Berlin - The launch last week was quite untypical for Berlin's usually loud start-up scene. Outside Bio Company outlets in Prenzlauer Berg, blue cargobikes were offered to transport purchases home. The vehicles can be quickly rented through an app. The organic supermarket offered customers a discount on the rental fee. By the end of the day, Matti Schurr said a few rides had been brokered and plenty of curiosity sparked. "We're just getting started," he said.

The 28-year-old is the managing director and co-founder of the Berlin start-up Avocargo, the first station-free cargobike-sharing service in Germany and the second in Europe. Schurr is surprised that no one else had the idea. He says the vehicles are ideal for the sharing business: they're expensive, they aren't usually used on a daily basis and they're hard to find suitable parking for. "Buying one often doesn't make sense," says the founder. But the demand is there.

Practical alternative to cars

For the three founders, the decision to develop a cargobike-sharing service was a no-brainer. Schurr, who has a master's in automotive management, worked for two years at Share Now, a joint venture by BMW and Daimler. His two co-founders worked at Berlin scooter rental company Coup and Deutsche Bahn's car-sharing division Flinkster. Their shared goal was "to create a practical alternative to the automobile."

The company has only been around since March. The three founders financed the start-up out of their own pockets. They've since been awarded a grant, which helps pay their salaries as well as rent at a co-working space in Brunnenstraße.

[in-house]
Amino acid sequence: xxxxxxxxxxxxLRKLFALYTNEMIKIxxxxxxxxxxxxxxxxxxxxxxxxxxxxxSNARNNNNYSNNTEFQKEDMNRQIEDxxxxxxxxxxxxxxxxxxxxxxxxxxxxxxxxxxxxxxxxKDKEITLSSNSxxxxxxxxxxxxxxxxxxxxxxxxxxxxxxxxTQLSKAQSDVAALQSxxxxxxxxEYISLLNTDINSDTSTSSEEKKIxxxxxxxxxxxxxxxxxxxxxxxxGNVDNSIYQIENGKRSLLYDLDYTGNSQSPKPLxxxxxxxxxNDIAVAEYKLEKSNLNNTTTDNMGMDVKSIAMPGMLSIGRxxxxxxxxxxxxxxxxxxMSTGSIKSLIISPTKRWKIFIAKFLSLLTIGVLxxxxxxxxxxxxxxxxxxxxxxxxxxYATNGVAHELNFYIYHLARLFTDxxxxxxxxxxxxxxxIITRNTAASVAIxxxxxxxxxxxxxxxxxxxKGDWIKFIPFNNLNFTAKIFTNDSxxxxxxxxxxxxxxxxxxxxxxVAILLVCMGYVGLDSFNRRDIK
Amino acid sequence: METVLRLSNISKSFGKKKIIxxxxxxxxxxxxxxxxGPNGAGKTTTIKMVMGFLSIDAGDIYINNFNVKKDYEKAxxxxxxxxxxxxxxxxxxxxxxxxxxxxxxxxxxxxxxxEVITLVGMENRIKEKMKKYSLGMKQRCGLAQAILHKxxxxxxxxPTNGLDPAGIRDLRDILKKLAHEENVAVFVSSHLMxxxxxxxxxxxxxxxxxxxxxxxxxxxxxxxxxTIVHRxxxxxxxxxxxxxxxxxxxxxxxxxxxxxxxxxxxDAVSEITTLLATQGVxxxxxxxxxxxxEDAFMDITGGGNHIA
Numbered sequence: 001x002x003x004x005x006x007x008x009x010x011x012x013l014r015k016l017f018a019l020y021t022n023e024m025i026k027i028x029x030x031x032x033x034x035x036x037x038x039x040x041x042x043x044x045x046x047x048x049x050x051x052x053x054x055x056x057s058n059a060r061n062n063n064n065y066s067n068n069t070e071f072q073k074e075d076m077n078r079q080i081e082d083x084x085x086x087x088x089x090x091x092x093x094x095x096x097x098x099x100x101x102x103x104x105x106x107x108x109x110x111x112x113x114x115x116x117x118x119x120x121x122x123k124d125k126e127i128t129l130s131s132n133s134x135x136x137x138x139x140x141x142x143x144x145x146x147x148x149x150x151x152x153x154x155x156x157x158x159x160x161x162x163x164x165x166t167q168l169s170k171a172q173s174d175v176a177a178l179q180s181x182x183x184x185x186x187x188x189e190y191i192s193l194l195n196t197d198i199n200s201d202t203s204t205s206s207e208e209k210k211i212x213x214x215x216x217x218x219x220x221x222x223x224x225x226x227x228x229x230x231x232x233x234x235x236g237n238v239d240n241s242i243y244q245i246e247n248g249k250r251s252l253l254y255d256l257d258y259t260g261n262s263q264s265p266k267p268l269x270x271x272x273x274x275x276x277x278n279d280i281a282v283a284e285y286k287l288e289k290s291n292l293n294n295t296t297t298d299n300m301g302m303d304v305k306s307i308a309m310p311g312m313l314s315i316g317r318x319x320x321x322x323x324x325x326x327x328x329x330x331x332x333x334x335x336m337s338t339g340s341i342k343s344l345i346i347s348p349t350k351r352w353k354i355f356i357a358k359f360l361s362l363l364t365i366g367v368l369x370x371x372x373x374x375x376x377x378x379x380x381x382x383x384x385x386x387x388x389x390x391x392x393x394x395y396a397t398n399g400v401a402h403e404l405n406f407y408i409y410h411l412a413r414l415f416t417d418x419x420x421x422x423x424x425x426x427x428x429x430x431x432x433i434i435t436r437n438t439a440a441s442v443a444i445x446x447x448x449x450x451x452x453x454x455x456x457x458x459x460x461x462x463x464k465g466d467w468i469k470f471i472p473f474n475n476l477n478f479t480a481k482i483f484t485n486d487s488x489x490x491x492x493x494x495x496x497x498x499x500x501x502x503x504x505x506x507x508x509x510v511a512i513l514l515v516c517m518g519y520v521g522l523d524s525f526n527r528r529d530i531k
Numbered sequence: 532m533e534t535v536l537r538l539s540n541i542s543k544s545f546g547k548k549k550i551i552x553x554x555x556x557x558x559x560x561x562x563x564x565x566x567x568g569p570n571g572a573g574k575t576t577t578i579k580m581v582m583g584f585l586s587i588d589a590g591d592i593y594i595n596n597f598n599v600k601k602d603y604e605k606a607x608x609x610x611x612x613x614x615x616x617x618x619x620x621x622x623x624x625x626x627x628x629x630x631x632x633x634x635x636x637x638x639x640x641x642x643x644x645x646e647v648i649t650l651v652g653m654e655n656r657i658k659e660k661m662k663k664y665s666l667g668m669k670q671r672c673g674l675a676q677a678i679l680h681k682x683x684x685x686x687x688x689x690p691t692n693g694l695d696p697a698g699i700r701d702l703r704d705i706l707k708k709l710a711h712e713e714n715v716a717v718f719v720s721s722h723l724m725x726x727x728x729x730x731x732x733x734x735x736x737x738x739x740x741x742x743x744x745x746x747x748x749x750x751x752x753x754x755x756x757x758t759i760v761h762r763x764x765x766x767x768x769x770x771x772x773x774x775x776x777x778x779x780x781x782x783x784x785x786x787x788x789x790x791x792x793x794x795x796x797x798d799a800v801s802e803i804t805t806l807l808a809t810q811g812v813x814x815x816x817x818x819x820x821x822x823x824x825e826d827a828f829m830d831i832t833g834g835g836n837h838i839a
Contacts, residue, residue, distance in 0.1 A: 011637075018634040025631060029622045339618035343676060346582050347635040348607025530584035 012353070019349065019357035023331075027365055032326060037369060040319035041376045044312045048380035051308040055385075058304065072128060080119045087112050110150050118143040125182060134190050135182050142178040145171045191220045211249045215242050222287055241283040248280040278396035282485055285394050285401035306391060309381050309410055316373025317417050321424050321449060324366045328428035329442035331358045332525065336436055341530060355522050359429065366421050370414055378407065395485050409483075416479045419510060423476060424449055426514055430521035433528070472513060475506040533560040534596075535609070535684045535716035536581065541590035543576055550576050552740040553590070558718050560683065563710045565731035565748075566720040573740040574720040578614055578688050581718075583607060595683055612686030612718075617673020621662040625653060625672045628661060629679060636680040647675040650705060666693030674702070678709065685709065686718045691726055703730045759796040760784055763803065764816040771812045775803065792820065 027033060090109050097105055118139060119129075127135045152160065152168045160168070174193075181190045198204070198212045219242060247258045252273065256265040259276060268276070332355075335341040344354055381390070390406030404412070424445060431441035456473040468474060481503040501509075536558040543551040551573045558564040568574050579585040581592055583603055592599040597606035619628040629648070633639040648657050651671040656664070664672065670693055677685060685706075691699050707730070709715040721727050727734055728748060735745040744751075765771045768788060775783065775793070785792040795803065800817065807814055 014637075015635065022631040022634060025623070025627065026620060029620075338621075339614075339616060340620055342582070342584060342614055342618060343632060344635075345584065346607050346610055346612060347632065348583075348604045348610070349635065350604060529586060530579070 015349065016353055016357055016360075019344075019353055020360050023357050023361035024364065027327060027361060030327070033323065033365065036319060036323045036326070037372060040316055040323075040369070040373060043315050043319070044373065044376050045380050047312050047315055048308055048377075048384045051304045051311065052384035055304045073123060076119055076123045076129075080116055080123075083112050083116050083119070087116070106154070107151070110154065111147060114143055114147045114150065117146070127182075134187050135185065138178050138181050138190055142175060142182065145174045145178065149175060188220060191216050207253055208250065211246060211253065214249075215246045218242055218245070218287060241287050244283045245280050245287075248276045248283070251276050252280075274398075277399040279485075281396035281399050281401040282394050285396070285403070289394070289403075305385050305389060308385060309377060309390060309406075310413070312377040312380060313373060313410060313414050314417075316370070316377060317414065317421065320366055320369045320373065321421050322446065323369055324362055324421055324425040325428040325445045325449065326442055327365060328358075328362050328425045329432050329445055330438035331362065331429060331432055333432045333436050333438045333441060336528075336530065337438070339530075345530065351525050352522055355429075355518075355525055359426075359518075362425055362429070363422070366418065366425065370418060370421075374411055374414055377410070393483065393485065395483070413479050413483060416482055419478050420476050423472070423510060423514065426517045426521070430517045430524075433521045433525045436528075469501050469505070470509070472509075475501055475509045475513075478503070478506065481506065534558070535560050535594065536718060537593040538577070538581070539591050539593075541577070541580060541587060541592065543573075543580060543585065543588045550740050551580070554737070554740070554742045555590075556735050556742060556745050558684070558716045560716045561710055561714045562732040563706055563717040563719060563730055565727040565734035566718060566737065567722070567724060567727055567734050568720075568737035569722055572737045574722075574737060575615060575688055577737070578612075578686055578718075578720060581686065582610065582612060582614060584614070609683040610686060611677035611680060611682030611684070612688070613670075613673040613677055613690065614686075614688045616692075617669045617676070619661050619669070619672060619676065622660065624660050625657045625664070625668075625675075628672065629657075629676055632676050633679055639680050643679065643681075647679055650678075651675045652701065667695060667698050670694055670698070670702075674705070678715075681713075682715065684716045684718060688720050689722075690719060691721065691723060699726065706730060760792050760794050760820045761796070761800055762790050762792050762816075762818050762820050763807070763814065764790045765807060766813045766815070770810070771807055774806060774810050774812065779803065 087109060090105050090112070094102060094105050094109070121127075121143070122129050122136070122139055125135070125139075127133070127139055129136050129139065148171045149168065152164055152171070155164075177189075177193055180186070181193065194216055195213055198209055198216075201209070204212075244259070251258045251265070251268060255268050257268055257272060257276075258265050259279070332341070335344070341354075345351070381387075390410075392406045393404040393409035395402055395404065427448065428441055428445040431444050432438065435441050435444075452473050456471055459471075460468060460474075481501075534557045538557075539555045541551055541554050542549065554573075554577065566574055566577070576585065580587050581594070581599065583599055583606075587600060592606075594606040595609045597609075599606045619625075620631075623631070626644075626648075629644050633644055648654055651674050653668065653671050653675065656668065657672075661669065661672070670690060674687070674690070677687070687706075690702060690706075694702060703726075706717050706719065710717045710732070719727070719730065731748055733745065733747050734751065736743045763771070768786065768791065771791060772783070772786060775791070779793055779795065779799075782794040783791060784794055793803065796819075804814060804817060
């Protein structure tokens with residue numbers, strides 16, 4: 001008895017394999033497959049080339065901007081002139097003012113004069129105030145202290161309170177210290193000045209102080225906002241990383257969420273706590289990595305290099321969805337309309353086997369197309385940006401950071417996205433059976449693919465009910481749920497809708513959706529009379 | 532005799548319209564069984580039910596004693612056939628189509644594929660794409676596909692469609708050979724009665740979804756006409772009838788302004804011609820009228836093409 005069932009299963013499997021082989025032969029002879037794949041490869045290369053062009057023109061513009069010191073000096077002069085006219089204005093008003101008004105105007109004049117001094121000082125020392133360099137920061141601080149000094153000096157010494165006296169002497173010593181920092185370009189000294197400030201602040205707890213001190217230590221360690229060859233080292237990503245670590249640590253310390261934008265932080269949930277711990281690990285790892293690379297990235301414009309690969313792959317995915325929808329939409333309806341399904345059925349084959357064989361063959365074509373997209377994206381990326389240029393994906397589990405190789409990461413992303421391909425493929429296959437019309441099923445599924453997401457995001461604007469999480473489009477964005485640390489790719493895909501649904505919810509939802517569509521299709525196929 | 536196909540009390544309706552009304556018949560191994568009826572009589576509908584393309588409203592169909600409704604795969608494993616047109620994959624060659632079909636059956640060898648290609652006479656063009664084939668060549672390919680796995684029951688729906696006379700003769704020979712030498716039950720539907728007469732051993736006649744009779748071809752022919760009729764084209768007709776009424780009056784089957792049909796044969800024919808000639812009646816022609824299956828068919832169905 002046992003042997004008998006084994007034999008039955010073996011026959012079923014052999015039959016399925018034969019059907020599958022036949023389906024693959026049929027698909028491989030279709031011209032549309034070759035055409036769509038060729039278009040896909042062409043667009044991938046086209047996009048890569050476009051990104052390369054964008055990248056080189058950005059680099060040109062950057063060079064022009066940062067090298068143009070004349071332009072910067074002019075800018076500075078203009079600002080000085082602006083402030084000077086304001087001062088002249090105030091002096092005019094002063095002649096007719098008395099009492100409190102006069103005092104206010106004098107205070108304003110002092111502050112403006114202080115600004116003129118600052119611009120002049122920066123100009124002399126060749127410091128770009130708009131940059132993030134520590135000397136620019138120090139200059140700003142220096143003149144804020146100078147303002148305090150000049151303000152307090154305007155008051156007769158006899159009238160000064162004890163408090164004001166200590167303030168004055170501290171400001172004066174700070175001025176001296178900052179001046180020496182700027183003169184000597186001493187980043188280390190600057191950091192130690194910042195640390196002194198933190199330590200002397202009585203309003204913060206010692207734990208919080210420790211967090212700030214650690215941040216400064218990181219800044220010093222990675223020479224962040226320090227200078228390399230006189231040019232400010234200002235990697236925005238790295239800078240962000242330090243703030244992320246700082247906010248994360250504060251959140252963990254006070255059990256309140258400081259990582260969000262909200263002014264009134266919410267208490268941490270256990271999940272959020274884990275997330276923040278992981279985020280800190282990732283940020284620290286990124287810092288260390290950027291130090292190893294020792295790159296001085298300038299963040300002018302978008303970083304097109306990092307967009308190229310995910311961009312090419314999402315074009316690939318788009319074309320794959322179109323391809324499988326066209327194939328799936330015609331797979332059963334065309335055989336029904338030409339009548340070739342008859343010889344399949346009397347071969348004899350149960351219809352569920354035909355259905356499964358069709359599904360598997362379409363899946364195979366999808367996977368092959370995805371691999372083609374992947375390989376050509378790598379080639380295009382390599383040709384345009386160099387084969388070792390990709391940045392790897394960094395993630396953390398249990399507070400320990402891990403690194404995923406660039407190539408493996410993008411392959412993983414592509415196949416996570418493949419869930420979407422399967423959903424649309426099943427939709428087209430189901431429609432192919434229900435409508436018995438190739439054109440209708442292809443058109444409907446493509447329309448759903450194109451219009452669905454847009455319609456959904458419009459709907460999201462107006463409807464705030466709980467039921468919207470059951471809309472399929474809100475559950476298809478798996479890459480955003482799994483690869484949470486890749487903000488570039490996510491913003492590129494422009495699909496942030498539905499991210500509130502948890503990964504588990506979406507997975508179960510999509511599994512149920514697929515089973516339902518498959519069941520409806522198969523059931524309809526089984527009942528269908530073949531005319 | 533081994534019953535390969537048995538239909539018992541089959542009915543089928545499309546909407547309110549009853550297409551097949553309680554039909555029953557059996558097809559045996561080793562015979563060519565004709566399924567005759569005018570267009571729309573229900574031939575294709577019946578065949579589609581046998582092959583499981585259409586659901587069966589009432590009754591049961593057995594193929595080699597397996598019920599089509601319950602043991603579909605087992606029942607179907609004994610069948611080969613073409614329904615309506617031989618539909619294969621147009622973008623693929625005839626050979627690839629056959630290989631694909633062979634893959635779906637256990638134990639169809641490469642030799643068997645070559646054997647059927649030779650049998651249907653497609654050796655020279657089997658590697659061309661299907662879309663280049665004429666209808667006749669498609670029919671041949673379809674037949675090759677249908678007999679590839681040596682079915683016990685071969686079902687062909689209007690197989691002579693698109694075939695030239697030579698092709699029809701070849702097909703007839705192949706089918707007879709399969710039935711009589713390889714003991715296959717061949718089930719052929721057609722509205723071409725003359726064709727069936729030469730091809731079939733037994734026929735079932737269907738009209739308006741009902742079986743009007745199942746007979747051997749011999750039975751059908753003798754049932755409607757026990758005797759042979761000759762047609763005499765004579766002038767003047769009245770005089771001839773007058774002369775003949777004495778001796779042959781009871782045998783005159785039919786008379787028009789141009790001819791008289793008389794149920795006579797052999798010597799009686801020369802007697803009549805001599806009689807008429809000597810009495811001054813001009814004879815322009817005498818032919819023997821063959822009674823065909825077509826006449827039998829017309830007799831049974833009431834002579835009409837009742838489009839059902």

At the moment, the Avocargo fleet comprises ten bikes. The three-wheelers can be rented from €2.90 for 20 minutes. An hour costs just under €7, a whole day €29. For the time being, the operating area is limited to the north-east of the city. You can ride everywhere, but you have to log off again within the zone. Users are asked to lock the bikes to lampposts to prevent sidewalk clutter. But Schurr isn't too worried about that. "We have a target group that will make sure the vehicles don't get in the way." Schurr imagines it will be furniture and garden store shoppers who'll use the service - rather than party tourists.

The fleet is set to grow. Schurr expects a three-digit number of bikes by the end of the year. He cannot be more precise because there are problems getting the bikes delivered.

"We'd like to have well over 100 in the city," he adds.

Talks with investors are underway. During the course of the coming year, the entire area within Berlin's S-Bahn ring should be covered. They hope to expand beyond Berlin to about six other major German cities with well-developed cycle path networks.

Berlin's Tier Mobility, which calls itself Europe's number one in micro-mobility and which maintains a fleet of 5,800 e-scooters and 2,000 e-mopeds across the city, welcomes Avocargo's entrance on the market.

"We're keeping our fingers crossed for our colleagues," said company spokesman Florian Anders. Tier also thinks cargobikes could be an interesting option. "We have our eye on it, but no concrete plans," he said. However, Tier will be adding e-bikes to its Berlin fleet in Berlin before the year is out.

Corinna Geißler knows from experience that demand for the pedal-powdered transporters is growing. For the last 12 years she's run Velogut, a shop selling and renting out cargobikes in Skalitzer Straße, Kreuzberg.  There, it costs €20-70 per day to rent one.

"We have just under 50 bikes on the street at all times," said Geißler. Most of the customers are companies that want to test the bikes in real life. On weekends, however, families account for most of the rental business.

Flotte Berlin, on the other hand, rents out cargobikes for free. The project by the Berlin Bicycle Club (ADFC) has been around since 2018 and is financed by the Berlin city administration. Currently, they have 174 cargobikes available for use across town. The bikes can be rented at no charge for one to three days. They must be reserved online and picked up at a rental stations. Demand is high. On average, 70 per cent of the bikes are in use at any time. Flotte Berlin has more than 9,000 users.

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